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--> 19.   The 10 April 1997 issue of Nature cites the comment by a researcher at the Institute Pasteur that it is ironic that companies should abandon malaria drug discovery just when assays for screening for active drug compounds are much more sensitive than in the past, and when genome research and molecular studies are yielding new targets for rational drug design. However, the industry view cited in the same article seems to be that even though basic research is at last producing truly interesting leads, it has not progressed sufficiently to be anything but a costly and risky business. 20.   The large vaccine manufacturers, SmithKline Beecham and Pasteur Mérieux Connaught, still work on malaria vaccines and several biotechnology firms remain engaged in cutting-edge work (Chiron, Virogenetics, Vica), although others (e.g., Merck, Sanofi, Behringwerke, and Rhône-Poulenc Santé) have withdrawn from the area. Global spending on malaria research by the public and nonprofit sector has been declining over the past decade, although new infusions from the Wellcome Trust, WHO, and NIAID, and hoped for infusions from the World Bank are brightening the picture somewhat (D Butler. Time to put malaria control on the global agenda. Nature 386:535-541, 10 April 1997). 21.   As this was being written, major coverage in the 10 April 1997 issue of Nature reported that discussions begun last year between the World Bank and WHO have expanded and there may in fact be a multiagency, 30-year program to control malaria, currently entitled ''The African Malaria Initiative." At a meeting in January 1997 in Senegal, the Pasteur Institute; Medical Research Councils of the United Kingdom, Netherlands, and European Commission; NIAID, CDC, U.S. Army; and others, met to try to define a research agenda for malaria in Africa. The question of whether the program would fund research directly is still open; NIH Director Harold Varmus is talking about formal partnerships among the world's major research bodies in that connection. 22.   DNA vaccines, also known as "naked DNA vaccines" or "genetic immunization," are being studied for many diseases including hepatitis, influenza, malaria, and tuberculosis. For several reasons, DNA vaccines are said to be one of the few HIV vaccine approaches that have potential to be distributed worldwide at reasonable cost (International AIDS Vaccine Initiative Newsletter 2(1), Winter 1997) 23.   Of the 38 vaccines and 25 antivirals, 10 and 14, respectively, were for sexually transmitted diseases, including herpes simplex, hepatitis B, human papillomavirus, pelvic inflammatory disease, and cytomegalovirus. (Pharmaceutical Research and Manufacturers of America, New Medicines in Development for Infectious Diseases: 1996 Survey, Washington, D.C., 1993.) 24.   The same ranking held for the biotechnology subsector, reflecting what is happening farther back in the R&D pipeline (KB Lee Jr, GS Burrill. Biotech 96: Pursuing Sustainability. Vienna, VA: Ernst and Young LLP, 1996). 25.   Agouron, AB Astra, Aji Pharma USA, Bayer, Boehringer-Ingelheim, Bristol-Myers Squibb, Ciba-Geigy, DuPont Merck, Gilead Sciences, Glaxo Wellcome, Hoechst AG, Hoffman-La Roche, Merck, Pfizer, Pharmacia & Upjohn, Sigma-Tau, SmithKline Beecham, and Triangle Pharmaceuticals. 26.   In 1996, 53 new drugs were approved in an average time for each of 17.8 months. Thirty-six of those were designated for "standard" review and were reviewed in an average of 19.7 months, and 17 were rated for "priority" review by the FDA and had an average review time of 13.7 months. Finally, of the 17 priorities, 15 were approved under user fees and had an average review time of 10.5 months. (JF Beary, III. The FDA User Fee

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-->        Program. Washington, D.C.: Pharmaceutical Research and Manufacturers Association, 1997.) 27.   Food and Drug Administration. Drugs Intended to Treat Life-Threatening and Severely Debilitating Illnesses. 21 CFR Ch. 1 (4-1-96 Edition): Part 312, Subpart E, §312; Part 314, Subpart H, §314. 28.   Since the date of the Forum's February workshop, the FDA has proposed a "New Use Initiative" with the purpose of accelerating development of new and supplemental uses of medications in general. The Initiative would permit, as evidence for primary and supplementary approvals, utilization of all available data to determine the effectiveness of drugs and biological products. The Initiative provides anecdotal information about instances in which the FDA has already done this successfully and gives industry clear guidance on when the agency can decide that a drug is effective for a new use without the standard requirement for data from two new clinical trials. For example, in some cases a drug's effectiveness can be extrapolated from existing efficacy data, either from a new single trial supported by existing, related clinical data, or documented by adequate evidence from a single multicenter study (Department of Health and Human Services. FDA proposes New Use Initiative. HHS News, 13 March 1997). 29.   The Morbidity and Mortality Weekly Report is already available on-line and the Physician's Desk Reference is supposed to be on-line by the end of 1997. 30.   The $44 million is apportioned as follows: approximately 39 percent for surveillance and response, 17 percent for research, 19 percent for prevention and control, and 25 percent for infrastructure. 31.   The term "sponsor" is used by the FDA to mean the entity that assumes responsibility for a clinical or nonclinical investigation of a drug, as well as for compliance with all pertinent regulations. A sponsor may be an individual, partnership, corporation, government agency, manufacturer, scientific institution, or an investigator regularly and lawfully engaged in the investigation of drugs. 32.   Food and Drug Administration. Miscellaneous. 21 CFR Ch. 1 (4-1-96 Edition): Part 312, Subpart F, §312.120. 33.   As this is being written, bills are before both houses of Congress to revamp the U.S. Patent and Trademark Office and fundamentally alter the rules that for 200 years have governed how U.S. patents are issued. Both bills would convert that office from a federal agency to a government-sponsored corporation and force many patents to be made public 18 months after filed, even if they have not yet been granted, whereas today U.S. patents are made public only after they are issued. The bill would also shield some technology users from patent infringement suits. Proponents, including many big businesses and groups that speak for the biotechnology and pharmaceutical industries, hail the changes as necessary to make U.S. patent law conform with international standards and put American companies on an equal footing with foreign rivals. Opponents, including many small inventors and universities, complain that the public disclosure rule would enable big companies to steal their ideas. Some patent experts and inventors claim that at least one of the bill's provisions impinges on the idea of government-protected exclusivity, which lies at the heart of current patent law (K Day. A reinvention of patent rules. Washington Post, Business Section, E1, E4, 24 April 1997.) 34.   The purpose of the Drug Price Competition and Patent Term Restoration Act of 1984 (PL 98-417) was to restore part of the patent life lost during the regulatory approval process. It allows extension of the patent term to a period equal to the total time taken by the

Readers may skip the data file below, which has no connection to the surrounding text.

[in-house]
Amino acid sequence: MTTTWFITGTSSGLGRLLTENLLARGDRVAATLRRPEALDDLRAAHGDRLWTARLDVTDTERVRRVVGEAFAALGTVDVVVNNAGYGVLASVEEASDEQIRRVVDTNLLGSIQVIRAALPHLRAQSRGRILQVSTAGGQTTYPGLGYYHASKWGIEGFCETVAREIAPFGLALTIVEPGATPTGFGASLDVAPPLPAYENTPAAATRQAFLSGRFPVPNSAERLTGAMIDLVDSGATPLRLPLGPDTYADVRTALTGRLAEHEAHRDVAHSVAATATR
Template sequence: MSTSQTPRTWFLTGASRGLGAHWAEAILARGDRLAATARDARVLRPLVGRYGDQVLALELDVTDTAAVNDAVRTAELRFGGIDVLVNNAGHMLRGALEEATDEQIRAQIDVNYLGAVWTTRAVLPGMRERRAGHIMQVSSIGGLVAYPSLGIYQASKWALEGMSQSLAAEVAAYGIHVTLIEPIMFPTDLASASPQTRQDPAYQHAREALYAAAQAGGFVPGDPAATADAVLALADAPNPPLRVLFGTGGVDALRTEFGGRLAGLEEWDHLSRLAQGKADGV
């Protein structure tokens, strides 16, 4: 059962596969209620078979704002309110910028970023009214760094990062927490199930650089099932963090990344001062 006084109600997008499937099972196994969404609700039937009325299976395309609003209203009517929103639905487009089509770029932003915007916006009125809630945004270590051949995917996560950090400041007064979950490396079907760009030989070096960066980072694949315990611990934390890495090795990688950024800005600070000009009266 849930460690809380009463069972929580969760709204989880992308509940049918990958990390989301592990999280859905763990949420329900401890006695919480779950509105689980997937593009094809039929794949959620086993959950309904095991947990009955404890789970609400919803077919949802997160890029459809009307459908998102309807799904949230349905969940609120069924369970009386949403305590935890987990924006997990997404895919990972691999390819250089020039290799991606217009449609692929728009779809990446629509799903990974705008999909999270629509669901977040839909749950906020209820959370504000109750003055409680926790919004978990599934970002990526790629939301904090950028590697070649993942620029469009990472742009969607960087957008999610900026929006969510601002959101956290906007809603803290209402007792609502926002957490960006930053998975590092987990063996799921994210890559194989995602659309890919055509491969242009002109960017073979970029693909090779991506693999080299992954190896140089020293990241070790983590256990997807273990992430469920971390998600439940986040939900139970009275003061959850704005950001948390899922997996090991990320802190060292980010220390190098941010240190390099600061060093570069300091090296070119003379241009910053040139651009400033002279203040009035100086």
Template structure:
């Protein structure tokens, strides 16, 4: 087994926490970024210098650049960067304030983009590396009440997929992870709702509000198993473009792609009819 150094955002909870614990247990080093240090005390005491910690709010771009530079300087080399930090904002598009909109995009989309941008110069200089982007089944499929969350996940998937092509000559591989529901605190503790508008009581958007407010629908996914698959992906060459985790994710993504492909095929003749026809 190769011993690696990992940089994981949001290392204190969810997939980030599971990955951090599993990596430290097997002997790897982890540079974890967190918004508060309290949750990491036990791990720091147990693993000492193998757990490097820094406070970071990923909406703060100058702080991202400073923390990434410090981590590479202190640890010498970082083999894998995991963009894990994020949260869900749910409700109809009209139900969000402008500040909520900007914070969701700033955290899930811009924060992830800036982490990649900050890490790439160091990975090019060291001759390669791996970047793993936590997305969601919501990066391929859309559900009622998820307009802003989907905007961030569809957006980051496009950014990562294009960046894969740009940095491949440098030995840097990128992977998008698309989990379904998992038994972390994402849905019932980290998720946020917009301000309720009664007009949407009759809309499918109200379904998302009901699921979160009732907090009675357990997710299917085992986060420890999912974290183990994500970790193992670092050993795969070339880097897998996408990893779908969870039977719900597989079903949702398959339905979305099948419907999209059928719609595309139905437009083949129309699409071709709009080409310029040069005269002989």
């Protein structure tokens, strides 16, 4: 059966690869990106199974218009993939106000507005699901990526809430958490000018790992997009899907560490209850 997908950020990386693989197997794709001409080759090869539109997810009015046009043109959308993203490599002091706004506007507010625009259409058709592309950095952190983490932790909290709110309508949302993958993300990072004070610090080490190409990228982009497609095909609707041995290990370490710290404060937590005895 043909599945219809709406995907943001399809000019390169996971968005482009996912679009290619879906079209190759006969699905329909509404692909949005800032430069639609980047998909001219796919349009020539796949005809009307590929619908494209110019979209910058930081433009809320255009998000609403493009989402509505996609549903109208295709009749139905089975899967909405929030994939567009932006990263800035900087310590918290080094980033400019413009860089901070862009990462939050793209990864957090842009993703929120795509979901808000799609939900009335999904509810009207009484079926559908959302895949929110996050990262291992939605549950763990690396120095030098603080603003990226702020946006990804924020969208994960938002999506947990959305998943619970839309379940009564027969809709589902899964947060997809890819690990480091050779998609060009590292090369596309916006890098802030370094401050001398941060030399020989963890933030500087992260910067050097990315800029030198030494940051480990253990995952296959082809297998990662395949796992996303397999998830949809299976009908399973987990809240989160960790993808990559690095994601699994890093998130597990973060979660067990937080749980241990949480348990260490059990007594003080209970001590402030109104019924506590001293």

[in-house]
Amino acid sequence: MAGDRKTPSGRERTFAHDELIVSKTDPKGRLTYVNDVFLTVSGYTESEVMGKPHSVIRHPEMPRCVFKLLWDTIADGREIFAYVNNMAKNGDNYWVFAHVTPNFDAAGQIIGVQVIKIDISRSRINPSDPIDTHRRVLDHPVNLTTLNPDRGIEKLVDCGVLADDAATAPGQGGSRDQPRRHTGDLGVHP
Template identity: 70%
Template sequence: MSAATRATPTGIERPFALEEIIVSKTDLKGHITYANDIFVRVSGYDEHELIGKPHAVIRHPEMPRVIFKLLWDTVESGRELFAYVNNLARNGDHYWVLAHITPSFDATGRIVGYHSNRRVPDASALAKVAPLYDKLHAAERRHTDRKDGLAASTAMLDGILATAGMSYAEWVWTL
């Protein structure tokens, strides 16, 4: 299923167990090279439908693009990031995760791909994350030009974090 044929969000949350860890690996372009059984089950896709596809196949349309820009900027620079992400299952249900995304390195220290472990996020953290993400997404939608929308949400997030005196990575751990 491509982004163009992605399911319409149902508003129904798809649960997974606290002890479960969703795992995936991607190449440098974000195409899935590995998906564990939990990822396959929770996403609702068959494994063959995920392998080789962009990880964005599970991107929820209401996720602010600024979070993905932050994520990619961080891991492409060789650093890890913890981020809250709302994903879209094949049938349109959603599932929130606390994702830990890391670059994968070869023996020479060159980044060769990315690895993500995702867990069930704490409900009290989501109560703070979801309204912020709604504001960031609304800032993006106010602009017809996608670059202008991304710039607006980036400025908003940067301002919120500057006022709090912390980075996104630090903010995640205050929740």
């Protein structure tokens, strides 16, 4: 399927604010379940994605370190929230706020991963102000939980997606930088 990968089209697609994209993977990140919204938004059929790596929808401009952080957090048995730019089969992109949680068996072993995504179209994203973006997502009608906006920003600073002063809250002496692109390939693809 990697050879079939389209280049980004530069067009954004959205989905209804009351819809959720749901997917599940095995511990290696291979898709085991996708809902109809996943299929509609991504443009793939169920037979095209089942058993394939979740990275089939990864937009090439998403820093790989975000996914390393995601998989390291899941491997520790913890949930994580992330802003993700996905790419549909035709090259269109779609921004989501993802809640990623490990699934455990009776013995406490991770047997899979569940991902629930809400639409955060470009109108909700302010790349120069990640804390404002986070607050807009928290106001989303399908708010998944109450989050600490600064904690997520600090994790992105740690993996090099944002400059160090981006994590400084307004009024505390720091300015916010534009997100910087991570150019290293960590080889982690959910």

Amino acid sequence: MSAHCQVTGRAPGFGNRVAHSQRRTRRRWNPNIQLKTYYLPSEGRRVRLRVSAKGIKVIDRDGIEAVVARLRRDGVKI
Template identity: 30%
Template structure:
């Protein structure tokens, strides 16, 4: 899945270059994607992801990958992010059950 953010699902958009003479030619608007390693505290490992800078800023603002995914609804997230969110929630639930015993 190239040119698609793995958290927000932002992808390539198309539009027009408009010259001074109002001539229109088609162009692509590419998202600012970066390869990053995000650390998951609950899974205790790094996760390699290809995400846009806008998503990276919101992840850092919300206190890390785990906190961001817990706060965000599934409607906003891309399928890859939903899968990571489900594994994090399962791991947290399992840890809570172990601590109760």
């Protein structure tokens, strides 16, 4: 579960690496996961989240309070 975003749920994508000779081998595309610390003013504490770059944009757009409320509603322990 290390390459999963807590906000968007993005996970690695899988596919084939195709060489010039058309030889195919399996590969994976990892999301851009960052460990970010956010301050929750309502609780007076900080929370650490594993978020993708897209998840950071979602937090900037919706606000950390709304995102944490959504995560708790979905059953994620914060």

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-->        FDA to review the new drug application plus one-half of the clinical testing time; it does not allow extension beyond 14 years of effective patent life. 35.   Food and Drug Administration. Miscellaneous. 21 CFR Ch. 1 (4-1-96 Edition): Part 316, Orphan Drugs. Act means the federal Food, Drug, and Cosmetic Act as amended by the Orphan Drug Act. The limitation on population size is based on prevalence, defined as the number of persons in the United States diagnosed as having the disease or condition at the time of the submission of the request for orphan drug designation, in other words, confirmed cases. 36.   Government Reform and Oversight Committee, Subcommittee on Human Resources, United States House of Representatives. 37.   These are for single, discrete preclinical studies and clinical research on potential orphan products. They represent a direct subsidy for orphan drug R&D by the FDA and are administered by its Office of Orphan Products Development in a manner parallel to other Public Health Service grants. In almost all cases, the grants have been limited to a maximum of $100,000 in direct costs per year for up to three years. The program has grown steadily. In 1990, 65 recipients were allocated a total of $7.6 million; while for-profit, nonprofit, and government organizations are eligible, for-profit organizations represent a very small part of the total program. At the same time, the large majority of orphan designations have gone to drug sponsors that are not PhRMA members, in other words, to smaller firms. This suggests that the act may have served to enhance the participation of such firms in pharmaceutical research and development, thereby expanding the competitive pool (Office of Technology Assessment [OTA]. Pharmaceutical R&D: Costs, Risks and Rewards. Washington, D.C.: United States Congress, February 1993). 38.   In this connection, FDA approval must be sought for each indication for which a company would like to market a given drug, a condition that some analysts define as yet another barrier (OTA 1993). 39.   Though what has happened in advocacy for breast cancer research was not discussed at the workshop, it is very much a model. With several other examples of the role of advocacy, it is represented in the inventory in Appendix B. 40.   The workshop participants' gloomy expectations seem well rooted in fact. In 1995, the United States spent about 0.1 percent of its gross national product on foreign assistance, a lower percentage than any of the other members of the Organization for Economic Cooperation and Development's Development Assistance Committee and less than Japan, France, and Germany in absolute dollars. Of the $9.9 billion spent on U.S. overseas assistance in 1994, just $1 billion was earmarked for health, primarily child survival and AIDS. The United States also remains in substantial arrears to those U.N. agencies that have health as a principal mandate, importantly including WHO. (Institute of Medicine, Board on International Health. America's Vital Interest in Global Health. Washington, DC: National Academy Press, 1997). At the same time, the World Bank's health portfolio, opened 15 years ago, has grown, so that the Bank is now the largest financier of international health. Its health portfolio in 1996 was $8 billion and is expected to grow by $2 billion annually over the remainder of this decade (Rockefeller Foundation, Social Science Research Council, Harvard School of Public Health. Enhancing the Performance of International Health Institutions: Pocantico Retreat, 1–3 February 1996. Cambridge, MA: Harvard Center for Population and Development Studies, 1996.)